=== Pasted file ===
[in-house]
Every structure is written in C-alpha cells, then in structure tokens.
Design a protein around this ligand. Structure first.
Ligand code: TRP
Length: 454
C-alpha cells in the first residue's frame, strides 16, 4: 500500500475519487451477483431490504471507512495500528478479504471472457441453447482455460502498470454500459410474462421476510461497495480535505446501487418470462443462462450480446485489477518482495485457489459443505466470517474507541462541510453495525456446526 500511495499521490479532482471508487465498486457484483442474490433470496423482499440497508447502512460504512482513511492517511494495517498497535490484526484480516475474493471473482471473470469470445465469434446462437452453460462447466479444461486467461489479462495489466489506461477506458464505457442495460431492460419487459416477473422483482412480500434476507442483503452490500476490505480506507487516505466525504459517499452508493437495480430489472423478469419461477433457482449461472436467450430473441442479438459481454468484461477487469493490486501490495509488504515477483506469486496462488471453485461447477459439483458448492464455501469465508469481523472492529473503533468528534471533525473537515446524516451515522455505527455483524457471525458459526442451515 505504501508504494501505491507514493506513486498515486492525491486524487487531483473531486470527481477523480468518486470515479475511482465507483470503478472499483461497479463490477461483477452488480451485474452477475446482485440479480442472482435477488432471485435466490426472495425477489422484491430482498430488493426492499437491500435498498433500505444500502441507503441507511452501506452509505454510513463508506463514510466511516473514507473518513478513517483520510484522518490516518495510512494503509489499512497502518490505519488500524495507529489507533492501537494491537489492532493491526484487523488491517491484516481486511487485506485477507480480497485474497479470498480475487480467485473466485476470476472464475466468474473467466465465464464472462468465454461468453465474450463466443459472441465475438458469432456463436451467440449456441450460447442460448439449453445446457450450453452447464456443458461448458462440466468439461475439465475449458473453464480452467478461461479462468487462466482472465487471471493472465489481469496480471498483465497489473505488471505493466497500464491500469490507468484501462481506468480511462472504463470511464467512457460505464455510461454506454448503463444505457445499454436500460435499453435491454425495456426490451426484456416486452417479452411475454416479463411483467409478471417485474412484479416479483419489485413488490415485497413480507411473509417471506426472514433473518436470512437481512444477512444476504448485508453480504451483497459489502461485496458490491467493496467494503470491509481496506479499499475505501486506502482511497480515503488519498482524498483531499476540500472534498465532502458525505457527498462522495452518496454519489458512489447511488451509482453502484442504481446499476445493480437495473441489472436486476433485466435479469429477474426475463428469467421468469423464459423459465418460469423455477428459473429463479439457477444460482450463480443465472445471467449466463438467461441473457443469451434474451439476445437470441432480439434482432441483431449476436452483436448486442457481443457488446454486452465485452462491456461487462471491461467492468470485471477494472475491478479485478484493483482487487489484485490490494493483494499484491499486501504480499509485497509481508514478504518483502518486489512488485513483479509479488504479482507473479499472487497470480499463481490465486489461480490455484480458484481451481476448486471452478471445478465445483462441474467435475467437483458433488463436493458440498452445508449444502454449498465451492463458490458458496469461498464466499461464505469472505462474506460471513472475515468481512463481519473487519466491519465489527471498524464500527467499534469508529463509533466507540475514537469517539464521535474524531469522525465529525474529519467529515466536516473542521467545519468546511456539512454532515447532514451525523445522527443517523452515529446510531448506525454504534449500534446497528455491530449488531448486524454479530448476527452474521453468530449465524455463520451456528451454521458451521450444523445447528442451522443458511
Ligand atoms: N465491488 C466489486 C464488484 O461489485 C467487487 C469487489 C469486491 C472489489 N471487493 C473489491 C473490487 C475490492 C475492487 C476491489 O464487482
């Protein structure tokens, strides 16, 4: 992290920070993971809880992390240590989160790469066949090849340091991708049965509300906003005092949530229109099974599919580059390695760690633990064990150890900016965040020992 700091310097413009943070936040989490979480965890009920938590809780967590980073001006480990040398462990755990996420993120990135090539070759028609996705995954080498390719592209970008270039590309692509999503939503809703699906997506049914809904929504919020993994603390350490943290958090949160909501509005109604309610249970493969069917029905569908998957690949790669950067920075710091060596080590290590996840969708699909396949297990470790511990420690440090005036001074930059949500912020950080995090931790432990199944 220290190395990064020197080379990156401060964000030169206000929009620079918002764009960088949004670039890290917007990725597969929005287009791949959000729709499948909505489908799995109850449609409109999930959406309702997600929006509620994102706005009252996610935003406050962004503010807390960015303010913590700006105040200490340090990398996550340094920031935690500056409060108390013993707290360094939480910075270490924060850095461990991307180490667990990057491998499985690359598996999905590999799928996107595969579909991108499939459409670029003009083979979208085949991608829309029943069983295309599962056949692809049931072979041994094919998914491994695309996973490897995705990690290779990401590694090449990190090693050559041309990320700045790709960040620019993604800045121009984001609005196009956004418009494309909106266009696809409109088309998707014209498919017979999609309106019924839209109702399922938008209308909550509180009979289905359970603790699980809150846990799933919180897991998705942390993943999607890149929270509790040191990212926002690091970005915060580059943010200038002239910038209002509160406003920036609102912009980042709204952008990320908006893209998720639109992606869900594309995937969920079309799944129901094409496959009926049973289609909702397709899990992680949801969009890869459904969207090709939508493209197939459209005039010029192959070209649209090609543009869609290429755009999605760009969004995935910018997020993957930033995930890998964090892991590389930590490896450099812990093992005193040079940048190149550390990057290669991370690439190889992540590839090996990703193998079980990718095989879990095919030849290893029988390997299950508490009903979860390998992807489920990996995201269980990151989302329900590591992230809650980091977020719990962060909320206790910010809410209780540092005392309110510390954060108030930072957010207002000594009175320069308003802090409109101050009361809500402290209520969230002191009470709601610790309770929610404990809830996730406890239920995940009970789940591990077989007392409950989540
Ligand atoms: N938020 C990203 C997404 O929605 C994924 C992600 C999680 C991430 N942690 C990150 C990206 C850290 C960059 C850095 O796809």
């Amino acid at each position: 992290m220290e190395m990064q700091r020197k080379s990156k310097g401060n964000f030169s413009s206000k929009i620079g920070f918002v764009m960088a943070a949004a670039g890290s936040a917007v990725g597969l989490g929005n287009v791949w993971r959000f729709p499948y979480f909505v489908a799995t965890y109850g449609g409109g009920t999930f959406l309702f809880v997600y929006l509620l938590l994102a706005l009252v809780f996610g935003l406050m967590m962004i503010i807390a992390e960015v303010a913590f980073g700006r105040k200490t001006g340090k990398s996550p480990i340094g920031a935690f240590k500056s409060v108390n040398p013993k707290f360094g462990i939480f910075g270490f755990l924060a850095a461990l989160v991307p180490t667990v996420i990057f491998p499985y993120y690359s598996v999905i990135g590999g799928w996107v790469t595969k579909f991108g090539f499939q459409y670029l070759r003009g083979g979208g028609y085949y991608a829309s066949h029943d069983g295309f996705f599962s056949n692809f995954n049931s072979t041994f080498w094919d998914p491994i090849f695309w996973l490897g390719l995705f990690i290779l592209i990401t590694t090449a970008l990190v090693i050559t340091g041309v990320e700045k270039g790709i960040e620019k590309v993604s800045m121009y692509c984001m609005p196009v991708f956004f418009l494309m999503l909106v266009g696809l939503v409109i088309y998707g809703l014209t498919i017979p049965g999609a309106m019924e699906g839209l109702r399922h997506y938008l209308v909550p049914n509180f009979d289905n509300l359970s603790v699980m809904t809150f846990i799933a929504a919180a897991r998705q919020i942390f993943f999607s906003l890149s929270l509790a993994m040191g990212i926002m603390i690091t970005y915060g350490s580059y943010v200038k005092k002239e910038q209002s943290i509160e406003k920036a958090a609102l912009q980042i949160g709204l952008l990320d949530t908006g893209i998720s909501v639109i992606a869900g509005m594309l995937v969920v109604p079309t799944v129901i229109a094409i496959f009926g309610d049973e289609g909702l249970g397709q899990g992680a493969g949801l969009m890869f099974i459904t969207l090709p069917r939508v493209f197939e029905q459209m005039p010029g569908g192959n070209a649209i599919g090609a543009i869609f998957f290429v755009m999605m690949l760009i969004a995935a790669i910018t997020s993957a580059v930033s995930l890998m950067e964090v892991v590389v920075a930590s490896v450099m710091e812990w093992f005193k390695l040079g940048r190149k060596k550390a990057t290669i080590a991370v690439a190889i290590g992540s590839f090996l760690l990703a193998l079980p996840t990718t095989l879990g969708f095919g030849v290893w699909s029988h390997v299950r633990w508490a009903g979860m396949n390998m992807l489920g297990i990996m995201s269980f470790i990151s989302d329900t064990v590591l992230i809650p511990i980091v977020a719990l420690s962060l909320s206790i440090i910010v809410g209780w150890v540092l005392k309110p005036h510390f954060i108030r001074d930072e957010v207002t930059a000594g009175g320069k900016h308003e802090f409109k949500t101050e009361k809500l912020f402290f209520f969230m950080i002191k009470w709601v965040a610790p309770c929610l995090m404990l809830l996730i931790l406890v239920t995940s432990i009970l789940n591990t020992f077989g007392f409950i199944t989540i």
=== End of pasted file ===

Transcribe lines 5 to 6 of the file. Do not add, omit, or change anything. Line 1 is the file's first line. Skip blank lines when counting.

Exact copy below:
Length: 454
C-alpha cells in the first residue's frame, strides 16, 4: 500500500475519487451477483431490504471507512495500528478479504471472457441453447482455460502498470454500459410474462421476510461497495480535505446501487418470462443462462450480446485489477518482495485457489459443505466470517474507541462541510453495525456446526 500511495499521490479532482471508487465498486457484483442474490433470496423482499440497508447502512460504512482513511492517511494495517498497535490484526484480516475474493471473482471473470469470445465469434446462437452453460462447466479444461486467461489479462495489466489506461477506458464505457442495460431492460419487459416477473422483482412480500434476507442483503452490500476490505480506507487516505466525504459517499452508493437495480430489472423478469419461477433457482449461472436467450430473441442479438459481454468484461477487469493490486501490495509488504515477483506469486496462488471453485461447477459439483458448492464455501469465508469481523472492529473503533468528534471533525473537515446524516451515522455505527455483524457471525458459526442451515 505504501508504494501505491507514493506513486498515486492525491486524487487531483473531486470527481477523480468518486470515479475511482465507483470503478472499483461497479463490477461483477452488480451485474452477475446482485440479480442472482435477488432471485435466490426472495425477489422484491430482498430488493426492499437491500435498498433500505444500502441507503441507511452501506452509505454510513463508506463514510466511516473514507473518513478513517483520510484522518490516518495510512494503509489499512497502518490505519488500524495507529489507533492501537494491537489492532493491526484487523488491517491484516481486511487485506485477507480480497485474497479470498480475487480467485473466485476470476472464475466468474473467466465465464464472462468465454461468453465474450463466443459472441465475438458469432456463436451467440449456441450460447442460448439449453445446457450450453452447464456443458461448458462440466468439461475439465475449458473453464480452467478461461479462468487462466482472465487471471493472465489481469496480471498483465497489473505488471505493466497500464491500469490507468484501462481506468480511462472504463470511464467512457460505464455510461454506454448503463444505457445499454436500460435499453435491454425495456426490451426484456416486452417479452411475454416479463411483467409478471417485474412484479416479483419489485413488490415485497413480507411473509417471506426472514433473518436470512437481512444477512444476504448485508453480504451483497459489502461485496458490491467493496467494503470491509481496506479499499475505501486506502482511497480515503488519498482524498483531499476540500472534498465532502458525505457527498462522495452518496454519489458512489447511488451509482453502484442504481446499476445493480437495473441489472436486476433485466435479469429477474426475463428469467421468469423464459423459465418460469423455477428459473429463479439457477444460482450463480443465472445471467449466463438467461441473457443469451434474451439476445437470441432480439434482432441483431449476436452483436448486442457481443457488446454486452465485452462491456461487462471491461467492468470485471477494472475491478479485478484493483482487487489484485490490494493483494499484491499486501504480499509485497509481508514478504518483502518486489512488485513483479509479488504479482507473479499472487497470480499463481490465486489461480490455484480458484481451481476448486471452478471445478465445483462441474467435475467437483458433488463436493458440498452445508449444502454449498465451492463458490458458496469461498464466499461464505469472505462474506460471513472475515468481512463481519473487519466491519465489527471498524464500527467499534469508529463509533466507540475514537469517539464521535474524531469522525465529525474529519467529515466536516473542521467545519468546511456539512454532515447532514451525523445522527443517523452515529446510531448506525454504534449500534446497528455491530449488531448486524454479530448476527452474521453468530449465524455463520451456528451454521458451521450444523445447528442451522443458511